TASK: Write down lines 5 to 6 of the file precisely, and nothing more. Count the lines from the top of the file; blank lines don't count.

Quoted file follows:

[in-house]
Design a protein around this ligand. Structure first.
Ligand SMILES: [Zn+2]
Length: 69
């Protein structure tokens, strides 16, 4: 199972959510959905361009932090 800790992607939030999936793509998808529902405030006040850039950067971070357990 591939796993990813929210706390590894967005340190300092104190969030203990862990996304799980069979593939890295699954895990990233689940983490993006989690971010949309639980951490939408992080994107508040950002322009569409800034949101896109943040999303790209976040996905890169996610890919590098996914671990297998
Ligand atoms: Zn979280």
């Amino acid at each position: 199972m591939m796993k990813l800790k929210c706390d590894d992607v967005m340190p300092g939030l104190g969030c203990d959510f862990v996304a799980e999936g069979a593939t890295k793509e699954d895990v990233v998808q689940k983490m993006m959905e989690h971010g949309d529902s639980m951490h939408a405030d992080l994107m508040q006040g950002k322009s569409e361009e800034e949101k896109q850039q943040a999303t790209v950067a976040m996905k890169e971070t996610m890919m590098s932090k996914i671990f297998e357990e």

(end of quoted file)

């Protein structure tokens, strides 16, 4: 199972959510959905361009932090 800790992607939030999936793509998808529902405030006040850039950067971070357990 591939796993990813929210706390590894967005340190300092104190969030203990862990996304799980069979593939890295699954895990990233689940983490993006989690971010949309639980951490939408992080994107508040950002322009569409800034949101896109943040999303790209976040996905890169996610890919590098996914671990297998
Ligand atoms: Zn979280």